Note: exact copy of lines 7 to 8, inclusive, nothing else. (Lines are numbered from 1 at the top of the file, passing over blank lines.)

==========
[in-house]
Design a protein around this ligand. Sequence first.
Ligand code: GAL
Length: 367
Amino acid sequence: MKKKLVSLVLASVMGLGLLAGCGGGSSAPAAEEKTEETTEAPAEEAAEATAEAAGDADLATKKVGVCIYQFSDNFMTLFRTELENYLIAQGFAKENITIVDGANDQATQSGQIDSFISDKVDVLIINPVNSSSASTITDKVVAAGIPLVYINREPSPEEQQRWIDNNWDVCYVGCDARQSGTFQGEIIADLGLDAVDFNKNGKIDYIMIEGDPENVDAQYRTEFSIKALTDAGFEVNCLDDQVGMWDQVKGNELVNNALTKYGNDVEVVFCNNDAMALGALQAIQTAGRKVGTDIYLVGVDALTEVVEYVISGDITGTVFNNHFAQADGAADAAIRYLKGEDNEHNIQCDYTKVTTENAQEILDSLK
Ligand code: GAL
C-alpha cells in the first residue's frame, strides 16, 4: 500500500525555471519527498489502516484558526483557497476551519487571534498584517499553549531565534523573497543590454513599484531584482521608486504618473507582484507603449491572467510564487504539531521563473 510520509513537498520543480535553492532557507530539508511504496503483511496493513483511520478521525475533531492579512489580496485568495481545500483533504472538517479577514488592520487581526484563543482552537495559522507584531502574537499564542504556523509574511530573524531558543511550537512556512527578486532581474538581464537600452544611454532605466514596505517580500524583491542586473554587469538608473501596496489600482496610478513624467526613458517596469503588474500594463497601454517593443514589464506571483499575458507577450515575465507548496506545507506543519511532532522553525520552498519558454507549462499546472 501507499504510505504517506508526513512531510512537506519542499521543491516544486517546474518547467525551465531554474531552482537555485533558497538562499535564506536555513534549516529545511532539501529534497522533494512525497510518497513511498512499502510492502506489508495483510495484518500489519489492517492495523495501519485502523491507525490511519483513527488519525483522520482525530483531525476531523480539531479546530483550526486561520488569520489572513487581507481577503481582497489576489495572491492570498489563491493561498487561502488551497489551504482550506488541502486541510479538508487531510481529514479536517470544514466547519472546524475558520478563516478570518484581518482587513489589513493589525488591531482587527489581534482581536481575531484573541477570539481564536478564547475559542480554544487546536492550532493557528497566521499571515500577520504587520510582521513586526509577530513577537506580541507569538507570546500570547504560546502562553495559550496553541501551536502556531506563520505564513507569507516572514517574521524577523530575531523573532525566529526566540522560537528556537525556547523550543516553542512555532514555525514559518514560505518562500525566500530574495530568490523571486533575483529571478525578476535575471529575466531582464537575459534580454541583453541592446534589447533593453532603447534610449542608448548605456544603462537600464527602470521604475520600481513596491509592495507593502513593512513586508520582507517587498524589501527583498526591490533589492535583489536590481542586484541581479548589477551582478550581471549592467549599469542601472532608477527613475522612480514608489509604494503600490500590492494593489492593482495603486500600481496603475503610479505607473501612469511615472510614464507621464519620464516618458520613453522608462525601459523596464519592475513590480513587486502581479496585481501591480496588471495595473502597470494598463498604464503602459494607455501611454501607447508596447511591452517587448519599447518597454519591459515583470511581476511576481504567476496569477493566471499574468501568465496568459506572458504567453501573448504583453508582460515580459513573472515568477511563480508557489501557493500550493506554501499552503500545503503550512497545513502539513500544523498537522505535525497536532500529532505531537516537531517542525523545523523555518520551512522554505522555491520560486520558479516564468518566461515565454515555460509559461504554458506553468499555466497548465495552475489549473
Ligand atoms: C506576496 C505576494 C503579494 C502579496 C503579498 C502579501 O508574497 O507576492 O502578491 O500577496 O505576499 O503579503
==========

C-alpha cells in the first residue's frame, strides 16, 4: 500500500525555471519527498489502516484558526483557497476551519487571534498584517499553549531565534523573497543590454513599484531584482521608486504618473507582484507603449491572467510564487504539531521563473 510520509513537498520543480535553492532557507530539508511504496503483511496493513483511520478521525475533531492579512489580496485568495481545500483533504472538517479577514488592520487581526484563543482552537495559522507584531502574537499564542504556523509574511530573524531558543511550537512556512527578486532581474538581464537600452544611454532605466514596505517580500524583491542586473554587469538608473501596496489600482496610478513624467526613458517596469503588474500594463497601454517593443514589464506571483499575458507577450515575465507548496506545507506543519511532532522553525520552498519558454507549462499546472 501507499504510505504517506508526513512531510512537506519542499521543491516544486517546474518547467525551465531554474531552482537555485533558497538562499535564506536555513534549516529545511532539501529534497522533494512525497510518497513511498512499502510492502506489508495483510495484518500489519489492517492495523495501519485502523491507525490511519483513527488519525483522520482525530483531525476531523480539531479546530483550526486561520488569520489572513487581507481577503481582497489576489495572491492570498489563491493561498487561502488551497489551504482550506488541502486541510479538508487531510481529514479536517470544514466547519472546524475558520478563516478570518484581518482587513489589513493589525488591531482587527489581534482581536481575531484573541477570539481564536478564547475559542480554544487546536492550532493557528497566521499571515500577520504587520510582521513586526509577530513577537506580541507569538507570546500570547504560546502562553495559550496553541501551536502556531506563520505564513507569507516572514517574521524577523530575531523573532525566529526566540522560537528556537525556547523550543516553542512555532514555525514559518514560505518562500525566500530574495530568490523571486533575483529571478525578476535575471529575466531582464537575459534580454541583453541592446534589447533593453532603447534610449542608448548605456544603462537600464527602470521604475520600481513596491509592495507593502513593512513586508520582507517587498524589501527583498526591490533589492535583489536590481542586484541581479548589477551582478550581471549592467549599469542601472532608477527613475522612480514608489509604494503600490500590492494593489492593482495603486500600481496603475503610479505607473501612469511615472510614464507621464519620464516618458520613453522608462525601459523596464519592475513590480513587486502581479496585481501591480496588471495595473502597470494598463498604464503602459494607455501611454501607447508596447511591452517587448519599447518597454519591459515583470511581476511576481504567476496569477493566471499574468501568465496568459506572458504567453501573448504583453508582460515580459513573472515568477511563480508557489501557493500550493506554501499552503500545503503550512497545513502539513500544523498537522505535525497536532500529532505531537516537531517542525523545523523555518520551512522554505522555491520560486520558479516564468518566461515565454515555460509559461504554458506553468499555466497548465495552475489549473
Ligand atoms: C506576496 C505576494 C503579494 C502579496 C503579498 C502579501 O508574497 O507576492 O502578491 O500577496 O505576499 O503579503